Zeki Boztepe, a bankrupt, has been sentenced to four months imprisonment suspended for one year at Southwark Crown Court, for withdrawing 47,500 from his bank which he could not account for prior to his bankruptcy. This money could have been used to pay his creditors.
Mr Boztepes conviction follows an initial investigation by The Insolvency Service and a full criminal investigation and Prosecution by the Department for Business Innovation and Skills (BIS).
On 23rd September 2008, Mr Boztepe petitioned the court to declare him bankrupt. At his interview with the Official Receiver (OR) he said that he had borrowed approximately 18,000 from three private creditors but the interest they charged had resulted in his having to repay between 30,000 to 35,000.
During the subsequent investigation into his assets, Mr Boztepe did not satisfactorily account for the cash withdrawals made in the 12 months prior to his petition, saying he used the money for living expenses and to pay creditors who were making threats.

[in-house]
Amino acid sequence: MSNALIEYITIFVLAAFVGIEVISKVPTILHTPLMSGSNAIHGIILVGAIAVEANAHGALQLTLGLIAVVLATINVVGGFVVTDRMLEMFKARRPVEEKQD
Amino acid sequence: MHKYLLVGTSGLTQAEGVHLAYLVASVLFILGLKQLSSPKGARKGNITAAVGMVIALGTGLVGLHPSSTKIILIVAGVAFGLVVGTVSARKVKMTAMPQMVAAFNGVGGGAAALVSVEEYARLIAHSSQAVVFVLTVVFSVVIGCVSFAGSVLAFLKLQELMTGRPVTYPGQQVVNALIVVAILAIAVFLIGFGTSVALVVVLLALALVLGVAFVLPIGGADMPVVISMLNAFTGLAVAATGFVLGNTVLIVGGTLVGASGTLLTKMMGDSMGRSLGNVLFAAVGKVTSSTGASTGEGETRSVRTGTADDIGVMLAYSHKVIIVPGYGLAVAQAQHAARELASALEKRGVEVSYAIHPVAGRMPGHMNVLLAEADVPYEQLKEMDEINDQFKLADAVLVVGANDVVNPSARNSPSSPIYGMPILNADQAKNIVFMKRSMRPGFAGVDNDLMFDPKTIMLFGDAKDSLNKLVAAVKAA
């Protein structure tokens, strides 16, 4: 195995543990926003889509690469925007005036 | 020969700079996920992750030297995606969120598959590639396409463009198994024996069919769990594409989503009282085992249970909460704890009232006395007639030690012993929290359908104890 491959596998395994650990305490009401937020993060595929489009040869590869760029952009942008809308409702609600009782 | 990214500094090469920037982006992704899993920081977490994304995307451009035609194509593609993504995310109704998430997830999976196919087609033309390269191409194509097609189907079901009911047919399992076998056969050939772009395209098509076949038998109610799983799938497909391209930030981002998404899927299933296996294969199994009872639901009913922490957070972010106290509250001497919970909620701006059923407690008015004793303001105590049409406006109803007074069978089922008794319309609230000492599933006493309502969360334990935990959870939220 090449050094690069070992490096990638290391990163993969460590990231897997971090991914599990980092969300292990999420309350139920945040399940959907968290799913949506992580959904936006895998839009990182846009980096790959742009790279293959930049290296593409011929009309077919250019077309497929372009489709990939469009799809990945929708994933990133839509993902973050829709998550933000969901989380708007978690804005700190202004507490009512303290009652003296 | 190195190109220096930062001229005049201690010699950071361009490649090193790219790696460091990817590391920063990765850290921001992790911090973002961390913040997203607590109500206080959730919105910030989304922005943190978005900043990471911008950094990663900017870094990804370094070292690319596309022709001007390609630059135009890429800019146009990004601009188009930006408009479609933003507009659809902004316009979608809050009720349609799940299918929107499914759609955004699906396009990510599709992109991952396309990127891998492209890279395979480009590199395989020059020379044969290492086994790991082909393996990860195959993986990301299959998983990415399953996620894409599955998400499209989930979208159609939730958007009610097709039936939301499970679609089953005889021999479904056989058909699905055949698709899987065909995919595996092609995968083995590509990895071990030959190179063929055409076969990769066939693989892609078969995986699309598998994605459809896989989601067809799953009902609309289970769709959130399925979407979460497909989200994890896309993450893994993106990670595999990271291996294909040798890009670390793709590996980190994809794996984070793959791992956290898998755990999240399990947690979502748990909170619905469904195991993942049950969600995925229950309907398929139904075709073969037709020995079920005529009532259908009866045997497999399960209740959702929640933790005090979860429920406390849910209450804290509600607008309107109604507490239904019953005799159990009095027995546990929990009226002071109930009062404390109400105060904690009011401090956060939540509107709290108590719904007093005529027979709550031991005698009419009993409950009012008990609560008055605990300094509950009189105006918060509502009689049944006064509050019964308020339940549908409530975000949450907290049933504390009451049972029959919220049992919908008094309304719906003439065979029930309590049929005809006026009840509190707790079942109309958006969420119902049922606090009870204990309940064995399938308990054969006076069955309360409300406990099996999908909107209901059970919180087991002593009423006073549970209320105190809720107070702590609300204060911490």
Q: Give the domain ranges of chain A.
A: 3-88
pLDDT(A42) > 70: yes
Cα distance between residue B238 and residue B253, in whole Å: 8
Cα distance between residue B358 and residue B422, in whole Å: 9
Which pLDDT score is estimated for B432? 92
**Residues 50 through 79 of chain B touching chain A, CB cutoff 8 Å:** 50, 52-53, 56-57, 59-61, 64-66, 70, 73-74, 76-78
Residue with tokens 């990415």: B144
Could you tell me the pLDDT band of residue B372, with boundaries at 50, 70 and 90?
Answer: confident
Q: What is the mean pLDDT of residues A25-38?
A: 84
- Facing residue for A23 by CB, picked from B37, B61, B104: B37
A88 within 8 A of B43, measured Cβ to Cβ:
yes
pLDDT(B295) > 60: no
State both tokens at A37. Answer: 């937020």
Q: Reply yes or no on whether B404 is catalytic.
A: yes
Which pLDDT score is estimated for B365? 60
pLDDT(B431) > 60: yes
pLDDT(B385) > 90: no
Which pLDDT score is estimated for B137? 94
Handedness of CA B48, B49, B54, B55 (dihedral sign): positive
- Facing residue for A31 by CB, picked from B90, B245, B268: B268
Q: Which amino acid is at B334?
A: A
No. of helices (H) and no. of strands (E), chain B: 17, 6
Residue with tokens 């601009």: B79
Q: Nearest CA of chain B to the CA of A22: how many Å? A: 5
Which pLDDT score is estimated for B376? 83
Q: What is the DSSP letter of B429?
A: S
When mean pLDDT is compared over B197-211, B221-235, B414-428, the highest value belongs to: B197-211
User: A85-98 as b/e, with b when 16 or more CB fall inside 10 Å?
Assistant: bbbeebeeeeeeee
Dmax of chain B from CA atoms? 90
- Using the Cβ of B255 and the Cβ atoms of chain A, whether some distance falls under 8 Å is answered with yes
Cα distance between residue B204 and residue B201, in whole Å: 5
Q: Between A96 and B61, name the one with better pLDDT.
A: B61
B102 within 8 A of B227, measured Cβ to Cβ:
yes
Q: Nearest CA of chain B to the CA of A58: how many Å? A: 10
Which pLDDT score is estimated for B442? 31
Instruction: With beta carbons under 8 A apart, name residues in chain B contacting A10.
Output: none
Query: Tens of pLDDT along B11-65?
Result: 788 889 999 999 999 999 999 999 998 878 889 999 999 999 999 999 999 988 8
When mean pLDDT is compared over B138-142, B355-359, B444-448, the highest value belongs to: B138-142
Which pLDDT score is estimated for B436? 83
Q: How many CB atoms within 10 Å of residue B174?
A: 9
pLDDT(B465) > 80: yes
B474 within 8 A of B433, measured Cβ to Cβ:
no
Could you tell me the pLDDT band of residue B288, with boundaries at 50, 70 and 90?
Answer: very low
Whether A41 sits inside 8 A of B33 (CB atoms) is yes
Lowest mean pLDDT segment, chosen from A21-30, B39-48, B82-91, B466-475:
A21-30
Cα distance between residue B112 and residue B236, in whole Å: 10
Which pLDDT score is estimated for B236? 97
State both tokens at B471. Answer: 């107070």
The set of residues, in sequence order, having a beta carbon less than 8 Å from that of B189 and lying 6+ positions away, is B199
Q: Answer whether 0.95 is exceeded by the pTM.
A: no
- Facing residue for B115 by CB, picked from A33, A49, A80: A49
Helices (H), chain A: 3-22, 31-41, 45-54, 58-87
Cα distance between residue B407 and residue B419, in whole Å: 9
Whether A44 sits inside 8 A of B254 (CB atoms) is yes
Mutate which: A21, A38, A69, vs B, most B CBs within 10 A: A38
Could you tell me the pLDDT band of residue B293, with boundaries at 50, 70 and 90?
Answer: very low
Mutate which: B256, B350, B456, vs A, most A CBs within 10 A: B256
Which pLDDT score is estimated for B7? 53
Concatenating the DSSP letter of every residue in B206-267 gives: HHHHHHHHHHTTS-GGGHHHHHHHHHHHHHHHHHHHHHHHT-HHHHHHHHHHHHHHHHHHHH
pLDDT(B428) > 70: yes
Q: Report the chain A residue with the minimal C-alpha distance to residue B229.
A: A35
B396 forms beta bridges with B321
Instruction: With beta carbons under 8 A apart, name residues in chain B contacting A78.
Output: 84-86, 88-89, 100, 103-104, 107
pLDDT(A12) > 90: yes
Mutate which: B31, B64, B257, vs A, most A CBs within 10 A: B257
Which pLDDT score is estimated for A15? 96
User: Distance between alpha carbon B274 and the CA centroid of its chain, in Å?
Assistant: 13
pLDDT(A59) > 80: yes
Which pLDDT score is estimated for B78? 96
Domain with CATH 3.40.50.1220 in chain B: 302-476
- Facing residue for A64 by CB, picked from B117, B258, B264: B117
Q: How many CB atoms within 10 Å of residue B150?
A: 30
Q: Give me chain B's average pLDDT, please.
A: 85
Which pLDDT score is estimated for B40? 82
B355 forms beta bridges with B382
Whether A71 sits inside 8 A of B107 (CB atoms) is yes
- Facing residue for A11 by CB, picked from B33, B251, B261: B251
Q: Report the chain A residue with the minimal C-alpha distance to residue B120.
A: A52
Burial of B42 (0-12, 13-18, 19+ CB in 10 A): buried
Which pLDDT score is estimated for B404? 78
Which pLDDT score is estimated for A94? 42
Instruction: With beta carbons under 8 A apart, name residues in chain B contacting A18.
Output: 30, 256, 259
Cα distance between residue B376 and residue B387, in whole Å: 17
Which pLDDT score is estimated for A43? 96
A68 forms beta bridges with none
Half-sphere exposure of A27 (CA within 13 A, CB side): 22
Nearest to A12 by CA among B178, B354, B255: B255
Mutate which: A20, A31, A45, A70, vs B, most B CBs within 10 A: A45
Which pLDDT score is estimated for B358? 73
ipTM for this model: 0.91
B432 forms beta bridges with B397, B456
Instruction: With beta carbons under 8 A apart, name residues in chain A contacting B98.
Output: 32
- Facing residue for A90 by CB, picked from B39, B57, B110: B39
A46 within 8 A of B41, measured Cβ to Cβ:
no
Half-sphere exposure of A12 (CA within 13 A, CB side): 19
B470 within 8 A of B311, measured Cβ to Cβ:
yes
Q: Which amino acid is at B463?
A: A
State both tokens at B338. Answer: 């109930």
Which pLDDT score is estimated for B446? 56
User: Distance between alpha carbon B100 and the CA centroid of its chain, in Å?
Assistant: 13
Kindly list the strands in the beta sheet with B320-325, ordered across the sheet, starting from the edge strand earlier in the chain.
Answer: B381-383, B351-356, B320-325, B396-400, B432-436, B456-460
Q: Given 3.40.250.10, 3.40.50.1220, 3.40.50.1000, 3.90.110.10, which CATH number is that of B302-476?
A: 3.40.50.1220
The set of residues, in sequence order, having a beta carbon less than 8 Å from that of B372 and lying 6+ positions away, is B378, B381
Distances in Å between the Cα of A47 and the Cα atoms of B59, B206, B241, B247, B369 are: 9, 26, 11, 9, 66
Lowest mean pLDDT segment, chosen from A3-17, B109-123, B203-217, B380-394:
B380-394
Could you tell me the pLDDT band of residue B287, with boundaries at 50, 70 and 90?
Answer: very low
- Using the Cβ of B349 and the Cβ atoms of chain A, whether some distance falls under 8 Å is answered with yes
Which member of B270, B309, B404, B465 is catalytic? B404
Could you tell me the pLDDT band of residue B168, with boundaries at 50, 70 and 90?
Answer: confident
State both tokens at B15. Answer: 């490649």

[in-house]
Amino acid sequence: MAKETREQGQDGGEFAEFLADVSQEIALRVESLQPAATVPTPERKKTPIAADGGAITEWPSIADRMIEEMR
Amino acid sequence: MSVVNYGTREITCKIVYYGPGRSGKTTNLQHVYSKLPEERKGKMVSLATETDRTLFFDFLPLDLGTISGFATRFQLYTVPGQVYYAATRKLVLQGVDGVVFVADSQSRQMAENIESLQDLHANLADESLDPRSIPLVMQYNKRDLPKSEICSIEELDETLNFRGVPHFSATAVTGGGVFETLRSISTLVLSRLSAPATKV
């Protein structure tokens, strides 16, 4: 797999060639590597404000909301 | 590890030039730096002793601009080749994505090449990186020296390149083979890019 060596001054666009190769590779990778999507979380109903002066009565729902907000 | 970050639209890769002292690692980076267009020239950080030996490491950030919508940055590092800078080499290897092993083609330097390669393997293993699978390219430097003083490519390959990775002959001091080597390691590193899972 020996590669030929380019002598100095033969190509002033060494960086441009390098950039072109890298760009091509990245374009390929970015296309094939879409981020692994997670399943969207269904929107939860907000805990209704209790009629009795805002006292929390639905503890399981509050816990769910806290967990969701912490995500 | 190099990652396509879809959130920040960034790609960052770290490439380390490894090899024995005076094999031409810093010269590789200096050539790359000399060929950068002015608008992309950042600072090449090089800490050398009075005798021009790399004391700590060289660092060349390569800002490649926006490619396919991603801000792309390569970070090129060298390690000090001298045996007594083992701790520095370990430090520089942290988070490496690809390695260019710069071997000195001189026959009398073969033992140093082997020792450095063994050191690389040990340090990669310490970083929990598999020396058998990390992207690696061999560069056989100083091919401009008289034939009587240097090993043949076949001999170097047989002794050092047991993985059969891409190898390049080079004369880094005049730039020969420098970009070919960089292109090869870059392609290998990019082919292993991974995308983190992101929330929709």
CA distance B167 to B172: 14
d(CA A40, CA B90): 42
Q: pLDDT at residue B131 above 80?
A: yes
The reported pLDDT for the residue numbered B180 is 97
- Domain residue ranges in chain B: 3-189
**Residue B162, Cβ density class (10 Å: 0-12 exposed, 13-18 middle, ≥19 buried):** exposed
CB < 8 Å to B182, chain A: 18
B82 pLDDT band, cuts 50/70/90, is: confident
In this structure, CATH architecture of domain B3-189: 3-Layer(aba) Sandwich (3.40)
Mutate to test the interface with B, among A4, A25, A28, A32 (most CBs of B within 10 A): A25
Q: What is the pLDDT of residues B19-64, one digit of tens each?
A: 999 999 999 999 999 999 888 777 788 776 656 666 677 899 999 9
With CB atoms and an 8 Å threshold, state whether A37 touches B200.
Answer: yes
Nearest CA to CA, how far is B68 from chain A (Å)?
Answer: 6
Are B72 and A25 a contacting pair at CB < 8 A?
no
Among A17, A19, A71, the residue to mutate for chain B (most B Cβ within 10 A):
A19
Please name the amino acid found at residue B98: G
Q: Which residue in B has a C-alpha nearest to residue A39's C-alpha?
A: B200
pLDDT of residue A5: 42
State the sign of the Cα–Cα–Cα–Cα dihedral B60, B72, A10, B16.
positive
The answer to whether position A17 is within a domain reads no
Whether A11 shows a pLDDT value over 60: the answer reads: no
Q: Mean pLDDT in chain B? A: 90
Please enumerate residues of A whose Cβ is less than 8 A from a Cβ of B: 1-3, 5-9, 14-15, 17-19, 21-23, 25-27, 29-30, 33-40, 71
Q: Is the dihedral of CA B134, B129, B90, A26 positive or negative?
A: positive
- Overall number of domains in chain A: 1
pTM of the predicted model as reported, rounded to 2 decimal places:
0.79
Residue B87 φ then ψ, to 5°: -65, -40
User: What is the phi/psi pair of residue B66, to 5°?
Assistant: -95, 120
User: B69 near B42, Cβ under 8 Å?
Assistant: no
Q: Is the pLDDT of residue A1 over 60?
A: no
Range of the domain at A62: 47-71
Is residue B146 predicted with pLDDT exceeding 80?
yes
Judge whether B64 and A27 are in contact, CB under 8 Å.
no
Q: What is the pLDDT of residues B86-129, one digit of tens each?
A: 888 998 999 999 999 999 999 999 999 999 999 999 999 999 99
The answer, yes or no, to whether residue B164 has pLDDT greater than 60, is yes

However, despite repeated requests from the authorities, including during public examination under oath, he refused to provide any details of who these creditors were or why he owed them money. He said he couldnt do this because he feared for his familys safety. He also claimed that having repaid 42,500 to the loan sharks, he had no choice but to borrow more money from his credit cards to pay living expenses.
The prosecutions case was that Mr Boztepes account was not true and that someone with access to significant credit facilities from ordinary banks and credit cards would not turn first to loan sharks.
Mr Boztepe was sentenced to four months imprisonment suspended for 12 months, 140 hours of unpaid work and ordered to pay costs of 2,500 within 12 months.
Deputy Chief Investigation Officer Liam Mannall from the Department for Business, Innovation and Skills said:
Individuals who borrow money and then resort to the protection of bankruptcy have a duty to give a truthful explanation to the Official Receiver as to how the money was spent. Mr Boztepe chose not to do so; as a result he now has a criminal conviction and could go to prison. This should be a warning to others considering similar actions.